My hon. Friend the Member for Nottingham, South said that the advice I get is simply to minimise my commitments so that I will be held to the least account. That is not fair. My civil servants know extremely well that I am keen to advance the environmental agenda and, where necessary, to set targets and commitments. They know that perfectly well, and I believe that the advice I get is proper and balanced in order to enable me to reach the right conclusions, not to minimise my commitments.

On funding, I appreciate the point made by the hon. Member for Gordon. The money is being found to deal with child poverty, fuel poverty, climate change and the Kyoto targets precisely because they are Government targets that are part of our policy development process. They have been planned over years and years and written into spending reviews to meet policy programmes and objectives.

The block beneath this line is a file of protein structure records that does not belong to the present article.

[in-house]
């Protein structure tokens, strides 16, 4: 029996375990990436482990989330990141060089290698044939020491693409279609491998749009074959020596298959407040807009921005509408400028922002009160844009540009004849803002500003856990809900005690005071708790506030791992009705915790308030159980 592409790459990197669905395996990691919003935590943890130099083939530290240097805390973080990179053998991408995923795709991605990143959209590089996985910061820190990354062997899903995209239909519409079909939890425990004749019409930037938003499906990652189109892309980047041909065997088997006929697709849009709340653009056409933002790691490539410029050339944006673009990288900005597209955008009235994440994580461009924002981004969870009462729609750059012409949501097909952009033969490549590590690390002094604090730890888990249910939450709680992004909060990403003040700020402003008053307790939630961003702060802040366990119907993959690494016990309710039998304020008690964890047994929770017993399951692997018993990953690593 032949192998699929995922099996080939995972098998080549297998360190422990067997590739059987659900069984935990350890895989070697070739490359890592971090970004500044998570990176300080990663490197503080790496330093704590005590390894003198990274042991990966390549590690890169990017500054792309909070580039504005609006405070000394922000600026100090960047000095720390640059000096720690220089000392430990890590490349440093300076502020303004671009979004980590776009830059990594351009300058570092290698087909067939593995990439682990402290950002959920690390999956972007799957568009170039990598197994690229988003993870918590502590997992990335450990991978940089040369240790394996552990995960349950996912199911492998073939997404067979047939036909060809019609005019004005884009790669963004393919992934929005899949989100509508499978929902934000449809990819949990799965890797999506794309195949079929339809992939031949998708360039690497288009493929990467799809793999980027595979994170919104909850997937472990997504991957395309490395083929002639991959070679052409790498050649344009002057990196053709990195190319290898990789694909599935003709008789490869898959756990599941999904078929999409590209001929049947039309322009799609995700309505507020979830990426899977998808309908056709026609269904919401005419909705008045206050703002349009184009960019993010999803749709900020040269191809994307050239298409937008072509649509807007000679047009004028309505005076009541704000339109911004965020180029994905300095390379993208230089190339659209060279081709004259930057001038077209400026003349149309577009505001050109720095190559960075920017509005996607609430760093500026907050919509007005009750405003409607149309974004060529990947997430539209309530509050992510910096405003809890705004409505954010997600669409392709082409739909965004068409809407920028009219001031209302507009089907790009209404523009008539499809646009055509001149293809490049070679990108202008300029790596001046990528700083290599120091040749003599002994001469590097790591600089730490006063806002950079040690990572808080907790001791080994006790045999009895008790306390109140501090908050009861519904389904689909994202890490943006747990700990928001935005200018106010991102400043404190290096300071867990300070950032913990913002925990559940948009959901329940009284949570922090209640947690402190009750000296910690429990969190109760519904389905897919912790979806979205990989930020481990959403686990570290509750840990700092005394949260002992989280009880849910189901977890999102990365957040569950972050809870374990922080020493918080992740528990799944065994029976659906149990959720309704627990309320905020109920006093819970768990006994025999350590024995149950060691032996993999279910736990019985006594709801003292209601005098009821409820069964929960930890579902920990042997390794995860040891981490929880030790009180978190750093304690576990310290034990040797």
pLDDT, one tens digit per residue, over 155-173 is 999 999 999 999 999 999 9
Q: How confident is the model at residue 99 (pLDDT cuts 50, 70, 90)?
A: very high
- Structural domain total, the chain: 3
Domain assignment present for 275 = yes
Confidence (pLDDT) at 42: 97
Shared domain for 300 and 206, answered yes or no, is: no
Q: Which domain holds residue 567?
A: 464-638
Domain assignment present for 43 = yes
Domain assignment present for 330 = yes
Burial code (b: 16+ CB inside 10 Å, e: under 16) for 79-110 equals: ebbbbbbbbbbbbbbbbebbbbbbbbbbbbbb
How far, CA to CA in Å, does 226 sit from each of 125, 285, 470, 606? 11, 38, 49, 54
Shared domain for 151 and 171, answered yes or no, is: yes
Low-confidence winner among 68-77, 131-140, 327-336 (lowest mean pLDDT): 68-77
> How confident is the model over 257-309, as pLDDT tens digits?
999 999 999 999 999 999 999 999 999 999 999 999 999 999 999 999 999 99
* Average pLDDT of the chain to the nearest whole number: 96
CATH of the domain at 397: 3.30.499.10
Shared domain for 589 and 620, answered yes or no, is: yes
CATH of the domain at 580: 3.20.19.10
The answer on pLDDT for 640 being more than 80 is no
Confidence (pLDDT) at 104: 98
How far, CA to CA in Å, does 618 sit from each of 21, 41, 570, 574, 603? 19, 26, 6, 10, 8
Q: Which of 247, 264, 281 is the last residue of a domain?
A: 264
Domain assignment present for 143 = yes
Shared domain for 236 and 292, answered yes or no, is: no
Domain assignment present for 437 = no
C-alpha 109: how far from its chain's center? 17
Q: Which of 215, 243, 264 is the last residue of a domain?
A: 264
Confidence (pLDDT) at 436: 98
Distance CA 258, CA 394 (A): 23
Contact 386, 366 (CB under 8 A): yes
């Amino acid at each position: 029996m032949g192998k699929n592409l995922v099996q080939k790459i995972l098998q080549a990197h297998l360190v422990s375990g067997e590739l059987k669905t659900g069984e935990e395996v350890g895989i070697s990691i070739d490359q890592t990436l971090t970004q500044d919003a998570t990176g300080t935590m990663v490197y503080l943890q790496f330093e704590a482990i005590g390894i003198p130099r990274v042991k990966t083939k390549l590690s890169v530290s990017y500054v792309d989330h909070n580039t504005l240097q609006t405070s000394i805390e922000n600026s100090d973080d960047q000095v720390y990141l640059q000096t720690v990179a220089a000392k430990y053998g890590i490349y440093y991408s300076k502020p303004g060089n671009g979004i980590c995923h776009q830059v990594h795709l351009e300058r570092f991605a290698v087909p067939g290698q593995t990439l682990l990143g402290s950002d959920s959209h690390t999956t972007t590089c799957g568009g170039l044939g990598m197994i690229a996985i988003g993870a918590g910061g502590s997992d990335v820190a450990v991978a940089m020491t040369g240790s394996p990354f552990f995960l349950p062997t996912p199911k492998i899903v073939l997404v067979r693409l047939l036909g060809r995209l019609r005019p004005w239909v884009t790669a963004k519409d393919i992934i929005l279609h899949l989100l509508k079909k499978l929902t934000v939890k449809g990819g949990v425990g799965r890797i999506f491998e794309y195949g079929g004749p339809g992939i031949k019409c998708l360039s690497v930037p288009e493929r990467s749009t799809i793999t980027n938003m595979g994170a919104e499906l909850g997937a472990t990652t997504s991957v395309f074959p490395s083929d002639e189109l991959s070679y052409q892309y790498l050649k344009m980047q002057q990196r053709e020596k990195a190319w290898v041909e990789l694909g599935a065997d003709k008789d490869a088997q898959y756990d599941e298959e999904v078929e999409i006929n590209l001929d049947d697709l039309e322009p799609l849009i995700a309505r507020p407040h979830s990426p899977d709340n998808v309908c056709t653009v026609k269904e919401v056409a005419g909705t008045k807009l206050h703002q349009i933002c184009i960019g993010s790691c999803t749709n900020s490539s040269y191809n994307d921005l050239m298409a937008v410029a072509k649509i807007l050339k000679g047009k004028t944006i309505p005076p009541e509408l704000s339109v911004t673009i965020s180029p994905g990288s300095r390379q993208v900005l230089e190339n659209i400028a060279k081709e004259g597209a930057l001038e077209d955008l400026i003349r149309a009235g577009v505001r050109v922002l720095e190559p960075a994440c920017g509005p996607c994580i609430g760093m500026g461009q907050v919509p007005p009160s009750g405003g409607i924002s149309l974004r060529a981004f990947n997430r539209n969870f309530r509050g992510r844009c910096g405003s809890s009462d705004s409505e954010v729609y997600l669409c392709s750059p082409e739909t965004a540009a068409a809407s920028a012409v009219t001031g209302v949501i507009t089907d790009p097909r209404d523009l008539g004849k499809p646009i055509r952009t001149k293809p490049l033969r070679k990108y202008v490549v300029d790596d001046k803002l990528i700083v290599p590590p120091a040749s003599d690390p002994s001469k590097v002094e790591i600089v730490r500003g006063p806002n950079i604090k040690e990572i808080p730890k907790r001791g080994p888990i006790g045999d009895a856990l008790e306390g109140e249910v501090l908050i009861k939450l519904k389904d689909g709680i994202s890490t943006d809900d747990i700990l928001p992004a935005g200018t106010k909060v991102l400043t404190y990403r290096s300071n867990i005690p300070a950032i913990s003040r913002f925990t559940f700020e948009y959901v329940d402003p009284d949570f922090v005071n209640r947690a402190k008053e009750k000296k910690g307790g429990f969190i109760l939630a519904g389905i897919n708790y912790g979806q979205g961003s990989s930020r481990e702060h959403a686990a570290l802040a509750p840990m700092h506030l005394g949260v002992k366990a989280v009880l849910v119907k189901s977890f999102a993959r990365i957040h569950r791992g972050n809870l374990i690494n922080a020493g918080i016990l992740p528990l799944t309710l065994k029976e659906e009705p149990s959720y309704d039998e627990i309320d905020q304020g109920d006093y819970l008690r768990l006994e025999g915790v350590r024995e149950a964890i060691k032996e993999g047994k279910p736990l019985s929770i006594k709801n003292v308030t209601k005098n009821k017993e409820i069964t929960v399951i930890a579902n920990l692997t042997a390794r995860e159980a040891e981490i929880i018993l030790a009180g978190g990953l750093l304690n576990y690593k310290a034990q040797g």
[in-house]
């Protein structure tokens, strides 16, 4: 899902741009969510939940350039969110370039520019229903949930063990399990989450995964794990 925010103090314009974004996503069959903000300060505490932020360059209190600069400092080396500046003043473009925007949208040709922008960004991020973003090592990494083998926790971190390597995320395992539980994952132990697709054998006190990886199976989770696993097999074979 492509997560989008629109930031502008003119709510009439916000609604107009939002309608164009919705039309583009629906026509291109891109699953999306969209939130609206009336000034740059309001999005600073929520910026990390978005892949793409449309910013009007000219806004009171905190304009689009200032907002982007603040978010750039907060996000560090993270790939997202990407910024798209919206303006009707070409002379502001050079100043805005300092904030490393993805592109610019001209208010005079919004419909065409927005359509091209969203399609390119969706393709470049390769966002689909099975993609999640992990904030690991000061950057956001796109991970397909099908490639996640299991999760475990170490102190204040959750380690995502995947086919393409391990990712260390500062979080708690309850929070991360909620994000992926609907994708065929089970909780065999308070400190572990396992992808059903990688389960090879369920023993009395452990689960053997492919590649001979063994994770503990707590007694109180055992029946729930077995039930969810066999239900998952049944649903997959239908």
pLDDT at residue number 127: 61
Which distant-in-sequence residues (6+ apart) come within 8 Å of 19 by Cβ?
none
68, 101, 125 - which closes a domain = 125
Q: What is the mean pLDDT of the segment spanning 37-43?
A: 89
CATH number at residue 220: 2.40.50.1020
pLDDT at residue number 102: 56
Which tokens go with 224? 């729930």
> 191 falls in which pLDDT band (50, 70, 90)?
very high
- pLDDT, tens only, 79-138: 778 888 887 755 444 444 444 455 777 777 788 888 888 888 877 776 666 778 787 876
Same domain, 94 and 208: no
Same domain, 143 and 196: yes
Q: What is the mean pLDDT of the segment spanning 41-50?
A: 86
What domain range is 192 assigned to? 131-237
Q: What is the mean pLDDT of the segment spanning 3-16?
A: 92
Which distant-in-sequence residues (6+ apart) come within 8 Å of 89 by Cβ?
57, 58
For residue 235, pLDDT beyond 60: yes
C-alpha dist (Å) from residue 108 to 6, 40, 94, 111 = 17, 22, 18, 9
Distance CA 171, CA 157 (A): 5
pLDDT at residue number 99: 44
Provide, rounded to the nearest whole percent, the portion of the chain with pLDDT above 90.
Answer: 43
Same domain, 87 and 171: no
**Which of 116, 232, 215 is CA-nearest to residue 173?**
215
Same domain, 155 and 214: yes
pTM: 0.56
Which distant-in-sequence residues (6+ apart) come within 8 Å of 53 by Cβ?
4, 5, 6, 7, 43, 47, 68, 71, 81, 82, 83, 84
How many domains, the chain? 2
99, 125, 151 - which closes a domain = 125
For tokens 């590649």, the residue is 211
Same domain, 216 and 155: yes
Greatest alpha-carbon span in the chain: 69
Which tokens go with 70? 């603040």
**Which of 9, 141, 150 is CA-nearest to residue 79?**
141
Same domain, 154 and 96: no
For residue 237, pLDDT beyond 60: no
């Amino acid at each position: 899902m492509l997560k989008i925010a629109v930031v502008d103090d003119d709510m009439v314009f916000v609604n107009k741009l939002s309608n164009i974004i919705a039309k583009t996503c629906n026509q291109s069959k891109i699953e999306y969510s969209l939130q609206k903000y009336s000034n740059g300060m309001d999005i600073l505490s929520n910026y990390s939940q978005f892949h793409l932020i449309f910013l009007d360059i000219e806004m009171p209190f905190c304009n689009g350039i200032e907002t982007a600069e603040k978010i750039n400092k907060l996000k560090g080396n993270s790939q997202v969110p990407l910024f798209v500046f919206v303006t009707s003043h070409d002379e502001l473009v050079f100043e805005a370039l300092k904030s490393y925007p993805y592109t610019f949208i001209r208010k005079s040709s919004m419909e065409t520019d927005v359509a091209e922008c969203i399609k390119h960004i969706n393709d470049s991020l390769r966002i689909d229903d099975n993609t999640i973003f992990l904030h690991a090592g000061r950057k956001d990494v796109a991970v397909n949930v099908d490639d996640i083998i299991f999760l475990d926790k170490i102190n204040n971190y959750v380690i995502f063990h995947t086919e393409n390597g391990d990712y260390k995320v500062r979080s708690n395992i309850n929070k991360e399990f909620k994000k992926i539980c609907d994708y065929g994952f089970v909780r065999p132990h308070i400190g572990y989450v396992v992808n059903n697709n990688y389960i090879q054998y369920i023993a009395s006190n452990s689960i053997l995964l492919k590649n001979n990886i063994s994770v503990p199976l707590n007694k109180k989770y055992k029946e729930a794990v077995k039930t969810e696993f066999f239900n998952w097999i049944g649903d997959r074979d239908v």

The difference here, as I have tried to explain, is that this is a private Member's Bill—it is meritorious and worthy, and has entirely proper objectives—that is being inserted between spending reviews when there has been no planning for it within Government at all. It could be financed only by reducing other commitments—presumably in energy efficiency but maybe in other areas—by the same amount as the measure costs. That is not a proper or desirable way to legislate.